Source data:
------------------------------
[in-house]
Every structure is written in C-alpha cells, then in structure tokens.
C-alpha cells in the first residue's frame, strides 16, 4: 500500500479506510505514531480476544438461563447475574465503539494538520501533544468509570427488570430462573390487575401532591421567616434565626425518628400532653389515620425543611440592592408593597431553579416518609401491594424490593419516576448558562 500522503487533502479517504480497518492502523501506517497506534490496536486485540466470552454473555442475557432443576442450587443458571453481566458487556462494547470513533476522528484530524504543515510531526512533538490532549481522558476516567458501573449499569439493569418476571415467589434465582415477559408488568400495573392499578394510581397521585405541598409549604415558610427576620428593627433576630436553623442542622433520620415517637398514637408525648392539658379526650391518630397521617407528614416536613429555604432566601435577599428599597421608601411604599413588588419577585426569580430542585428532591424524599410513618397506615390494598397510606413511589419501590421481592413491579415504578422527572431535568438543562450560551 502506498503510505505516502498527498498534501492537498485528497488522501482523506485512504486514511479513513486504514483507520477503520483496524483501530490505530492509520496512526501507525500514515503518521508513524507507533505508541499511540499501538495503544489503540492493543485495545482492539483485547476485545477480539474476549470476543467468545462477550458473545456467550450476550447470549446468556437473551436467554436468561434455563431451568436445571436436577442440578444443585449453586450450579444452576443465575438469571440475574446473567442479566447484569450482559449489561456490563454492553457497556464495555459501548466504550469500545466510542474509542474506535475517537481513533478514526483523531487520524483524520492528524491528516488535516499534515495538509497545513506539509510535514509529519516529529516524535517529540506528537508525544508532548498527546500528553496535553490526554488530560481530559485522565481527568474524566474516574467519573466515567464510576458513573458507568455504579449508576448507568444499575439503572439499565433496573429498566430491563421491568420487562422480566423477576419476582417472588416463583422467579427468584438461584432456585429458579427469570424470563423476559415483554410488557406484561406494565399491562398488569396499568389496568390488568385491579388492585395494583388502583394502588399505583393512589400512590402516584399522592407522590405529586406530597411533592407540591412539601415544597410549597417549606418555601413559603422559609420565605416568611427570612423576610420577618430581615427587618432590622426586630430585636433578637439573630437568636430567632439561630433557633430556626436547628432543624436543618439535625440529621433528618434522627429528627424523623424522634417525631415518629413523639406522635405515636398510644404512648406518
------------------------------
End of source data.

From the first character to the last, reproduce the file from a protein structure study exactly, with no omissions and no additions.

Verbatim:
[in-house]
Every structure is written in C-alpha cells, then in structure tokens.
C-alpha cells in the first residue's frame, strides 16, 4: 500500500479506510505514531480476544438461563447475574465503539494538520501533544468509570427488570430462573390487575401532591421567616434565626425518628400532653389515620425543611440592592408593597431553579416518609401491594424490593419516576448558562 500522503487533502479517504480497518492502523501506517497506534490496536486485540466470552454473555442475557432443576442450587443458571453481566458487556462494547470513533476522528484530524504543515510531526512533538490532549481522558476516567458501573449499569439493569418476571415467589434465582415477559408488568400495573392499578394510581397521585405541598409549604415558610427576620428593627433576630436553623442542622433520620415517637398514637408525648392539658379526650391518630397521617407528614416536613429555604432566601435577599428599597421608601411604599413588588419577585426569580430542585428532591424524599410513618397506615390494598397510606413511589419501590421481592413491579415504578422527572431535568438543562450560551 502506498503510505505516502498527498498534501492537498485528497488522501482523506485512504486514511479513513486504514483507520477503520483496524483501530490505530492509520496512526501507525500514515503518521508513524507507533505508541499511540499501538495503544489503540492493543485495545482492539483485547476485545477480539474476549470476543467468545462477550458473545456467550450476550447470549446468556437473551436467554436468561434455563431451568436445571436436577442440578444443585449453586450450579444452576443465575438469571440475574446473567442479566447484569450482559449489561456490563454492553457497556464495555459501548466504550469500545466510542474509542474506535475517537481513533478514526483523531487520524483524520492528524491528516488535516499534515495538509497545513506539509510535514509529519516529529516524535517529540506528537508525544508532548498527546500528553496535553490526554488530560481530559485522565481527568474524566474516574467519573466515567464510576458513573458507568455504579449508576448507568444499575439503572439499565433496573429498566430491563421491568420487562422480566423477576419476582417472588416463583422467579427468584438461584432456585429458579427469570424470563423476559415483554410488557406484561406494565399491562398488569396499568389496568390488568385491579388492585395494583388502583394502588399505583393512589400512590402516584399522592407522590405529586406530597411533592407540591412539601415544597410549597417549606418555601413559603422559609420565605416568611427570612423576610420577618430581615427587618432590622426586630430585636433578637439573630437568636430567632439561630433557633430556626436547628432543624436543618439535625440529621433528618434522627429528627424523623424522634417525631415518629413523639406522635405515636398510644404512648406518